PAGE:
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sanboot:ubuntu_iscsi [2009/04/30 00:20]
commander1024
sanboot:ubuntu_iscsi [2010/08/16 20:51]
cinquero
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-====== Ubuntu 9.04 (jaunty jackalope) ======+====== Ubuntu 9.04 (Jaunty Jackalope) and 9.10  (Karmic Koala) ======
 (this howto is based on the Debian Etch iSCSI howto with some major changes) (this howto is based on the Debian Etch iSCSI howto with some major changes)
 ===== Introduction ===== ===== Introduction =====
 +This howto shows how to make an existing installation of a recent *buntu (ubuntu, kubuntu, edubuntu, xubuntu and so on) bootable over the network using iSCSI. ​
 +
 +I will be using the great gpxe to boot the OS over the network later and a dhcp (v3) Server to easily propagate settings to the gpxe client.
 +
 If you are experienced with ubuntu and initramfs / initrd creation you can install ubuntu directly onto the iscsi target using the desktop (i386 or amd64) install CD (more on that later). The alternate install disk is not capable of installing additional packages at runtime, because of the limitations of the busybox environment. If you are experienced with ubuntu and initramfs / initrd creation you can install ubuntu directly onto the iscsi target using the desktop (i386 or amd64) install CD (more on that later). The alternate install disk is not capable of installing additional packages at runtime, because of the limitations of the busybox environment.
  
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    * there is a working dhcp server (although you will only need it for comfort, configuring gpxe manually does also work)    * there is a working dhcp server (although you will only need it for comfort, configuring gpxe manually does also work)
  
-===== Preparations ​=====+===== Preparing the initrd ​=====
 The debian howto recommended to compile open-iscsi yourself as iscsistart and fwparam_ibft were not available in the debian packages that time. This is not necessary for ubuntu for some reasons: The debian howto recommended to compile open-iscsi yourself as iscsistart and fwparam_ibft were not available in the debian packages that time. This is not necessary for ubuntu for some reasons:
  
-   * fwparam_ibft is no longer a (fully featured) component of neither the open-iscsi semi-stable release (which does not even support kernel 2.6.28+) nor the development git source tree FIXME **Is there some kind of a replacement?​**+   * fwparam_ibft is no longer a (fully featured) component of neither the open-iscsi semi-stable release (which does not even support kernel 2.6.28+) nor the development git source tree. It has been merged into the ''​iscsistart''​ tool in the same package, and its featureset reduced.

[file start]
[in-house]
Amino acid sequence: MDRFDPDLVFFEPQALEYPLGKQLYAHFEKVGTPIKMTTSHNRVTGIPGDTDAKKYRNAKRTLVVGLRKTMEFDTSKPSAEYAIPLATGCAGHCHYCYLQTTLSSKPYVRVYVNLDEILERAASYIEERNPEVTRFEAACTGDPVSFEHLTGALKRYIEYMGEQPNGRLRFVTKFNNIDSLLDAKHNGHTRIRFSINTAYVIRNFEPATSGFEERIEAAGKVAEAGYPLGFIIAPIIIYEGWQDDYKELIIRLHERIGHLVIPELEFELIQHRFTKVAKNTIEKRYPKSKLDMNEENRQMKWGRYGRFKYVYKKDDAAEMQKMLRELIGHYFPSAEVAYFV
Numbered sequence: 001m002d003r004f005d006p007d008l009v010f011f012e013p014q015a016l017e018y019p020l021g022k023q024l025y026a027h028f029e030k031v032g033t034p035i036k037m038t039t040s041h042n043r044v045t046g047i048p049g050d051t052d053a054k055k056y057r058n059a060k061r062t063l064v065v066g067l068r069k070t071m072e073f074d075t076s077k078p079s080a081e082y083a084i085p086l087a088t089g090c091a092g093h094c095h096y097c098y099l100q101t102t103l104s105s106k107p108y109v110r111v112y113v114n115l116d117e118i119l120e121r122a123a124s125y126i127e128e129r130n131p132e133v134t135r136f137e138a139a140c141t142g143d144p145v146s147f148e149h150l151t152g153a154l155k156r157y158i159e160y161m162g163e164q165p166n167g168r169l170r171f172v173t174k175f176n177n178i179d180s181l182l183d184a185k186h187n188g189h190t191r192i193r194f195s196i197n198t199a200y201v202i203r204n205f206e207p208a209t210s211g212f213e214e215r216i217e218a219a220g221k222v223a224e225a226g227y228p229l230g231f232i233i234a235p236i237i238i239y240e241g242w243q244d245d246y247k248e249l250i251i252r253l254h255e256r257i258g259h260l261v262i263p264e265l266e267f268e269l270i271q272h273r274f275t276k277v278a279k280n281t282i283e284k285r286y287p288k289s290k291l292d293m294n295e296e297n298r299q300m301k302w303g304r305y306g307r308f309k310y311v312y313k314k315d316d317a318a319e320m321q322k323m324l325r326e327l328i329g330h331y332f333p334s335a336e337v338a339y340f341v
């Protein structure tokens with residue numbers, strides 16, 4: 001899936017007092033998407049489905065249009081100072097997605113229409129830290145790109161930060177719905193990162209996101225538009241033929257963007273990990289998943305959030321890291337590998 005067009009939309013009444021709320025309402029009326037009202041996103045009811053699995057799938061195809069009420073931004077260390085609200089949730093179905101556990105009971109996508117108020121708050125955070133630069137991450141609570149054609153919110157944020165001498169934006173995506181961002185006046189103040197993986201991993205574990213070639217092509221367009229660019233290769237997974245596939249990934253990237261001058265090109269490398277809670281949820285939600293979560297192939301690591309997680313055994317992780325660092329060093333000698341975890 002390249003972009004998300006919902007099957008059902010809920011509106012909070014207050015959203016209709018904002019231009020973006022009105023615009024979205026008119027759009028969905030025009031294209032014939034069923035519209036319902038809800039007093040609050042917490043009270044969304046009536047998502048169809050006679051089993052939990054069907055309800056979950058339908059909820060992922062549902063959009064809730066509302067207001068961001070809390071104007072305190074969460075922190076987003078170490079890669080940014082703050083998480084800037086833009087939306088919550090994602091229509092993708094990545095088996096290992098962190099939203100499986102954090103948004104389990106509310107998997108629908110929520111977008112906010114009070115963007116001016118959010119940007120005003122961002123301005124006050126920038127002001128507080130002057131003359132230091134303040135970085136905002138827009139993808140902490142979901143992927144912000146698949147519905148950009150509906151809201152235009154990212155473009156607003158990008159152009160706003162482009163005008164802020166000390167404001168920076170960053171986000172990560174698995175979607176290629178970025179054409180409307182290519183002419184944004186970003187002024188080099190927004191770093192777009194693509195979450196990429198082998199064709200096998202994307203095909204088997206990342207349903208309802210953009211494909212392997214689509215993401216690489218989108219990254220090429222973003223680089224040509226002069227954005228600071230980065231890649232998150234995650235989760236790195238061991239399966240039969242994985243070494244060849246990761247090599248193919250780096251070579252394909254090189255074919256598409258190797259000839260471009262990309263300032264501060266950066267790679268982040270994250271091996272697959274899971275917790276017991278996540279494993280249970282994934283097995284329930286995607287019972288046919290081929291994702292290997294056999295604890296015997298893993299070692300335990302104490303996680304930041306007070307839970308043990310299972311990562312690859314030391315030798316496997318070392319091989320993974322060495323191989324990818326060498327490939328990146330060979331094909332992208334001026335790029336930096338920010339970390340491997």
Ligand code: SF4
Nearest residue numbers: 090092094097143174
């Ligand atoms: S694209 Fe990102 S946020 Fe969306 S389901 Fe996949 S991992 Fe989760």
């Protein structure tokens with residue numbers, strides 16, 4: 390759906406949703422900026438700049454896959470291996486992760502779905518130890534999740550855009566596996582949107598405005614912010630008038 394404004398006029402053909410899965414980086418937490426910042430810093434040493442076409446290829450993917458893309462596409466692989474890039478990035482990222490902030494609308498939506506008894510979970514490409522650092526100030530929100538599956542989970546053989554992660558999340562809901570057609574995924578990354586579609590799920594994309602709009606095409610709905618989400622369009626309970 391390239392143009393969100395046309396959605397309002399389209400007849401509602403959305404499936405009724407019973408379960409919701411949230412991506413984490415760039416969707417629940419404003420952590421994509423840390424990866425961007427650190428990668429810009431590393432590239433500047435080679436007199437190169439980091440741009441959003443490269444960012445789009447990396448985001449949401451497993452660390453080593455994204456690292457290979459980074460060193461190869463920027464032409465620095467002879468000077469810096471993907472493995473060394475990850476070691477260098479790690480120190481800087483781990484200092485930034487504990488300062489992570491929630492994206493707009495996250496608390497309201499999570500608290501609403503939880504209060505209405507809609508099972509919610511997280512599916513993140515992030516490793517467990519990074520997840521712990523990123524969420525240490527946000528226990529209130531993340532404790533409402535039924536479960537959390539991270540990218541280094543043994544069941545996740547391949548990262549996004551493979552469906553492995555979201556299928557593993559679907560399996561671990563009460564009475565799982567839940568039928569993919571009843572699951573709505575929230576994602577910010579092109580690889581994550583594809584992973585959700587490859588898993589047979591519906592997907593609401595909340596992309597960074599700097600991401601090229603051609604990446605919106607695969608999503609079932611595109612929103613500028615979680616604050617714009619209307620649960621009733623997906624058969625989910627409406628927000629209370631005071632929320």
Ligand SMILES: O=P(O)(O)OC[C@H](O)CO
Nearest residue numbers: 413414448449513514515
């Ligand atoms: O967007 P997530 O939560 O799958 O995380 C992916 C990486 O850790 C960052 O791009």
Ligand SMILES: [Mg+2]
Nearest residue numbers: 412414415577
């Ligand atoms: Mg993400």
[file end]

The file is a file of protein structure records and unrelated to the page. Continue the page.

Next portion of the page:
* iscsistart is available via [[http://​packages.ubuntu.com/​jaunty/​open-iscsi|open-iscsi]] from the ubuntu repositories.    * iscsistart is available via [[http://​packages.ubuntu.com/​jaunty/​open-iscsi|open-iscsi]] from the ubuntu repositories.
    * the initramfs scripts are even prepared for iscsi usage in some way    * the initramfs scripts are even prepared for iscsi usage in some way
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    sudo aptitude install initramfs-tools open-iscsi sysv-rc-conf    sudo aptitude install initramfs-tools open-iscsi sysv-rc-conf
 +
 +add iscsi to the list of modules to include in the boot image
 +
 +   sudo echo "​iscsi"​ >> /​etc/​initramfs-tools/​modules
  
 change the initiatorname (of the client) to something unique if you are planning to set up many boxes change the initiatorname (of the client) to something unique if you are planning to set up many boxes
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    sudo touch /​etc/​iscsi/​iscsi.initramfs    sudo touch /​etc/​iscsi/​iscsi.initramfs
  
-now we have to workaround a bug in the jaunty stable tree, so edit /​usr/​share/​initramfs-tools/​hooks/​iscsi with your favourite editor:+If you are using Ubuntu 9.04 then you have to workaround a bug in the jaunty stable tree
 + 
 +The bug is in /​usr/​share/​initramfs-tools/​hooks/​iscsi 
 + 
 +If you are using Ubuntu 9.10 you don't have to edit this file. 
 + 
 +edit /​usr/​share/​initramfs-tools/​hooks/​iscsi with your favourite editor:
  
    sudo joe /​usr/​share/​initramfs-tools/​hooks/​iscsi    sudo joe /​usr/​share/​initramfs-tools/​hooks/​iscsi
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    to    to
       copy_exec /​sbin/​iscsistart /sbin       copy_exec /​sbin/​iscsistart /sbin
 +
 +Even if the modules for the network cards are loaded early enough, udev still initializes too late to activate the NICs which will cause the iscsi script to fail.
 +As long as there is not a much smarter solution, you will be fine to copy the udev script from /​scripts/​nfs-top to /​scripts/​local-top/​early_udev **FIXME Perhaps it is smarter to copy it to /​etc/​initramfs-tools/​scripts/​local-top/​**
 +
 +   sudo cp /​usr/​share/​initramfs-tools/​scripts/​nfs-top/​udev /​usr/​share/​initramfs-tools/​scripts/​local-top/​early_udev
 +   ls -lha /​usr/​share/​initramfs-tools/​scripts/​local-top/​
 +   ​insgesamt 12K
 +   ​drwxr-xr-x ​ 2 root root   35 2009-04-28 23:12 .
 +   ​drwxr-xr-x 10 root root 4,0K 2009-04-28 22:59 ..
 +   ​-rwxr-xr-x ​ 1 root root  430 2009-04-28 23:00 early_udev
 +   ​-rwxr-xr-x ​ 1 root root 1,9K 2009-04-28 22:32 iscsi
  
 generate the new initrd('​s) generate the new initrd('​s)
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    ​update-initramfs:​ Generating /​boot/​initrd.img-2.6.28-11-generic    ​update-initramfs:​ Generating /​boot/​initrd.img-2.6.28-11-generic